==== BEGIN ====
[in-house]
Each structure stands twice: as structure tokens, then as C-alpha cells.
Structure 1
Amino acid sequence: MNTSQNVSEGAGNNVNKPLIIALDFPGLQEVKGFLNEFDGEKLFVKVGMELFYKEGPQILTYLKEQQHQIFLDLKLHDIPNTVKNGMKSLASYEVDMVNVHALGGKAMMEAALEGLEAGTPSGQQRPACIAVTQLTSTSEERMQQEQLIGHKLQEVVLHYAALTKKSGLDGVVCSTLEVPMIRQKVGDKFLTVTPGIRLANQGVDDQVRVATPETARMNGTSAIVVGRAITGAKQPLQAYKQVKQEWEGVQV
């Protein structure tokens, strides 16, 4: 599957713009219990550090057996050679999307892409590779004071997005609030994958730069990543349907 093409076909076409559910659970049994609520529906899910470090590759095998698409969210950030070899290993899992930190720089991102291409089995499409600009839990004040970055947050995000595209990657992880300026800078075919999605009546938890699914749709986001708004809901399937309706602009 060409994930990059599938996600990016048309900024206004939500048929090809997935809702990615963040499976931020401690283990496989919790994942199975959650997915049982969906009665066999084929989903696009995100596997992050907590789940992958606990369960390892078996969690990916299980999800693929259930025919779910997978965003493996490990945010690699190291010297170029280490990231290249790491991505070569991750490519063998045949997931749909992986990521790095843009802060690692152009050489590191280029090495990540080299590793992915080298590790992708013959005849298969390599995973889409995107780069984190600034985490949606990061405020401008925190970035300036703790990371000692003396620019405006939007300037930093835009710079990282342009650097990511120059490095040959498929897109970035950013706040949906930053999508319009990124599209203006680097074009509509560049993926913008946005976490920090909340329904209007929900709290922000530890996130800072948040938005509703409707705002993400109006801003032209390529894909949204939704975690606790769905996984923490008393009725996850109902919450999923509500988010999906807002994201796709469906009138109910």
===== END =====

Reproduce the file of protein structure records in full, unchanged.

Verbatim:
[in-house]
Each structure stands twice: as structure tokens, then as C-alpha cells.
Structure 1
Amino acid sequence: MNTSQNVSEGAGNNVNKPLIIALDFPGLQEVKGFLNEFDGEKLFVKVGMELFYKEGPQILTYLKEQQHQIFLDLKLHDIPNTVKNGMKSLASYEVDMVNVHALGGKAMMEAALEGLEAGTPSGQQRPACIAVTQLTSTSEERMQQEQLIGHKLQEVVLHYAALTKKSGLDGVVCSTLEVPMIRQKVGDKFLTVTPGIRLANQGVDDQVRVATPETARMNGTSAIVVGRAITGAKQPLQAYKQVKQEWEGVQV
């Protein structure tokens, strides 16, 4: 599957713009219990550090057996050679999307892409590779004071997005609030994958730069990543349907 093409076909076409559910659970049994609520529906899910470090590759095998698409969210950030070899290993899992930190720089991102291409089995499409600009839990004040970055947050995000595209990657992880300026800078075919999605009546938890699914749709986001708004809901399937309706602009 060409994930990059599938996600990016048309900024206004939500048929090809997935809702990615963040499976931020401690283990496989919790994942199975959650997915049982969906009665066999084929989903696009995100596997992050907590789940992958606990369960390892078996969690990916299980999800693929259930025919779910997978965003493996490990945010690699190291010297170029280490990231290249790491991505070569991750490519063998045949997931749909992986990521790095843009802060690692152009050489590191280029090495990540080299590793992915080298590790992708013959005849298969390599995973889409995107780069984190600034985490949606990061405020401008925190970035300036703790990371000692003396620019405006939007300037930093835009710079990282342009650097990511120059490095040959498929897109970035950013706040949906930053999508319009990124599209203006680097074009509509560049993926913008946005976490920090909340329904209007929900709290922000530890996130800072948040938005509703409707705002993400109006801003032209390529894909949204939704975690606790769905996984923490008393009725996850109902919450999923509500988010999906807002994201796709469906009138109910």